Lowell et al. [26] showed that postoperative weight gain due to intraoperative infusion increased the mortality rate in a dose-dependent manner. The mortality rate was 100% with a weight gain of more than 20%. It is possible that the intraoperative infusion volume can determine the outcome. Besides the mortality rate, excess water volume can cause gastrointestinal dysfunction [27] and increase postoperative nausea, vomiting [28], and the infection rate [29].

Thus, a volume therapy with colloids is recommended as a new type of intraoperative infusion therapy, and the use of crystalline solution is restricted. The third-generation HES 130/0.4 is expected to play an important role in maintaining circulating blood volume. As for vascular permeability, attention has focused on glycocalix. It is known that excessive infusion causes breakdown of glycocalyx and increases vascular permeability. In an electron microscopy study [30], degradation of glycocalyx after hemorrhagic shock was partially restored by plasma, but not by lactated Ringer’s solution. Strunden et al. [31] examined how HES modifies the glycocalyx breakdown of pulmonary microvessels by heparinase in ex vivo experiments in mouse lungs. They showed that HES 130/0.4 acts to maintain the pulmonary circulation via glycocalyx protection. However, a change in glycocalyx due to a large volume of crystalloid has not yet been directly confirmed by electron microscopy.

Regarding the volume of infusion in our study, the amount of HES was 1.25 times of the amount of blood loss, and a half of NSS. The ratio of NSS to HES was fixed according to a previous review by Hartog et al. [7], who concluded it to be 1.8 (SD 0.1) in surgical studies. This is considerably lower than a commonly believed value of 3 or 4 for achieving similar hemodynamic effects. The amount of HES infusion was selected according to a previous report of a study using volunteers by Stand et al. [32]. The volunteers donated 18% of their calculated blood volume within 30 min, and then randomly received 6% HES 130/0.4, 6% HES 70/0.5, or 6% HES 200/0.5 (crossover design) in a 1:1.2 ratio to their blood loss. Then hemodynamic variables, tissue oxygen tension in the quadriceps muscle, hematocrit, plasmatic HES concentrations, plasma viscosity, colloid osmotic pressures, and platelet aggregation were measured after the infusion of HES.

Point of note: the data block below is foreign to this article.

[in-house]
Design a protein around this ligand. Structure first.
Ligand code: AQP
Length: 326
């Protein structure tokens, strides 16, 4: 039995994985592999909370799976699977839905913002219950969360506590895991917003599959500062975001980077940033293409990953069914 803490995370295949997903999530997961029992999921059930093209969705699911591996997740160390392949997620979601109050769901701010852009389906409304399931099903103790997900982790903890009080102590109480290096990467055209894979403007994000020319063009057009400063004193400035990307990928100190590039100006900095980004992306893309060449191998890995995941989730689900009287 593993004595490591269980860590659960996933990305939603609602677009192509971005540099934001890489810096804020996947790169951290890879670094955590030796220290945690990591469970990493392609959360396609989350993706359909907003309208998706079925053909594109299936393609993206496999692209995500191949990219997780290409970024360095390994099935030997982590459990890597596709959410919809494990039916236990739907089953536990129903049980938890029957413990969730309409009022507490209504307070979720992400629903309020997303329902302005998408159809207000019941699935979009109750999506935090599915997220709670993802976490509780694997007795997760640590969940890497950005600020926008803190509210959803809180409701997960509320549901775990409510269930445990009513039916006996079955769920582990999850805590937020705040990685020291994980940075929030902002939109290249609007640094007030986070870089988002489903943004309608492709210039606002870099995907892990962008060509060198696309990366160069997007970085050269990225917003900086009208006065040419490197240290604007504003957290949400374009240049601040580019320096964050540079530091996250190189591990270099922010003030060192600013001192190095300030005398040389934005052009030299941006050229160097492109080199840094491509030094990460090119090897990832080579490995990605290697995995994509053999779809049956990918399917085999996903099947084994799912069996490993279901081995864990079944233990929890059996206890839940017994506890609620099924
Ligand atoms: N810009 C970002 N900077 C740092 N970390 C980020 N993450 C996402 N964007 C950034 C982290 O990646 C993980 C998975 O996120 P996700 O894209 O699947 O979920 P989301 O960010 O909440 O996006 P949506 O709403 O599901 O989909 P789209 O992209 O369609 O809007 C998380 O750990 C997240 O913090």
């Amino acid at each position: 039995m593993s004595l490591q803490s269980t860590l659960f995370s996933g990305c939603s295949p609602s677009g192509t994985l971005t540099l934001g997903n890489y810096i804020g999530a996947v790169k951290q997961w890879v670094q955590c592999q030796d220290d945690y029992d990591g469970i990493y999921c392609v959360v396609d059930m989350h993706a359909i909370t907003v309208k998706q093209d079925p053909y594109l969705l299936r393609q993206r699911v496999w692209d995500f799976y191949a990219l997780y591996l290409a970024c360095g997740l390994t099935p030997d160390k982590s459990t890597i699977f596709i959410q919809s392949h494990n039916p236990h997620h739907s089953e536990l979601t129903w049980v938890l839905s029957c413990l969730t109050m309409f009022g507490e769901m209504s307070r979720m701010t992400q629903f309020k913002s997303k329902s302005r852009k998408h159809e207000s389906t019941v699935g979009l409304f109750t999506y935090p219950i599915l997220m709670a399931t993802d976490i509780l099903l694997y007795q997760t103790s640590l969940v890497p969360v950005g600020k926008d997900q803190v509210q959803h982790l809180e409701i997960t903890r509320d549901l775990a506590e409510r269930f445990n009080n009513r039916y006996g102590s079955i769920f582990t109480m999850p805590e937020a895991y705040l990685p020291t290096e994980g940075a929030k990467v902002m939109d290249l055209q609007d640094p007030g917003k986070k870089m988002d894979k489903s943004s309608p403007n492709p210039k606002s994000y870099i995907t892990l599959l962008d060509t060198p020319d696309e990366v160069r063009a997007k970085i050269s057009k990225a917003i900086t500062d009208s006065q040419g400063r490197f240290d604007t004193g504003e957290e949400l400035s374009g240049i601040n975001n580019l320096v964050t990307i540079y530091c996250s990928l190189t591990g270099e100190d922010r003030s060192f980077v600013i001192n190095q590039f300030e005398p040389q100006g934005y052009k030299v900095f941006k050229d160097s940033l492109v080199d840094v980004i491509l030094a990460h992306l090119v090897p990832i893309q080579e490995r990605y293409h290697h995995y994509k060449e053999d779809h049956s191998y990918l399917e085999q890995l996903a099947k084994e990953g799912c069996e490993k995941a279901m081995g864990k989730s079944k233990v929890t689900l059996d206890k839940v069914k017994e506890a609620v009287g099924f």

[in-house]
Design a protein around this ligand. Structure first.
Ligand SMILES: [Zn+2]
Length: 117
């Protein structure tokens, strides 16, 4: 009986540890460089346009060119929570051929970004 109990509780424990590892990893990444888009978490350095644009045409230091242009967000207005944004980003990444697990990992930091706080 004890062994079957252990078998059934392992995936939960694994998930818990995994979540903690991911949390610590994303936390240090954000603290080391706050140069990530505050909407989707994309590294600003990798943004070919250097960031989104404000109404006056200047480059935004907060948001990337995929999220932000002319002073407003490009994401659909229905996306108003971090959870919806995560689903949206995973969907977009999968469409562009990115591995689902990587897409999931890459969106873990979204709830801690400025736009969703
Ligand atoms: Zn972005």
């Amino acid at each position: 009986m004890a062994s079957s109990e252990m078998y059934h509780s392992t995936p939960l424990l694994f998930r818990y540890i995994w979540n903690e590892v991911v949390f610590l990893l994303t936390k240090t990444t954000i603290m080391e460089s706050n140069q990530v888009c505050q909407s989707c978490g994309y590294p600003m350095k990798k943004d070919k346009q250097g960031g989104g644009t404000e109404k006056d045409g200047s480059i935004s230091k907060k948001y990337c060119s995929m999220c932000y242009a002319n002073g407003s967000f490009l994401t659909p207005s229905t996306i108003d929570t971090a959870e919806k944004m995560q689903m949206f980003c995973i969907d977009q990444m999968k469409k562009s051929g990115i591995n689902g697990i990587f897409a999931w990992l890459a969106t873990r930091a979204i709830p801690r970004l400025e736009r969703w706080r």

Although the most accurate way to assess cardiac output, oxygen delivery, and consumption is invasive hemodynamic monitoring, it is often unavailable in emergencies. Simple blood gas driven variables such as ScvO2 can help the clinician in defining the need for fluid resuscitation [33]. In our study ScvO2 showed significant changes during hemorrhagic shock and fluid resuscitation. The ScvO2 reflected the actual condition of the REC and sublingual microcirculation. Therefore, ScvO2 may be used as an additional indicator of hemorrhagic shock–resuscitation.

Pathophysiologically, hemorrhagic shock is characterized by systemic microcirculatory failure, which causes anaerobic metabolism. In the HES group, the observed microcirculation variables as well as dCO2 recovered significantly after the completion of infusion. These results suggest that tissue perfusion and oxygenation were restored in the HES group. The CO2 produced by anaerobic metabolism can be washed out when the blood flow is normal or restored [13]. Our results suggest that dCO2 might be a good hemodynamic endpoint of resuscitation. Monitoring dCO2 may be a useful tool for assessing the adequacy of tissue oxygenation during resuscitation.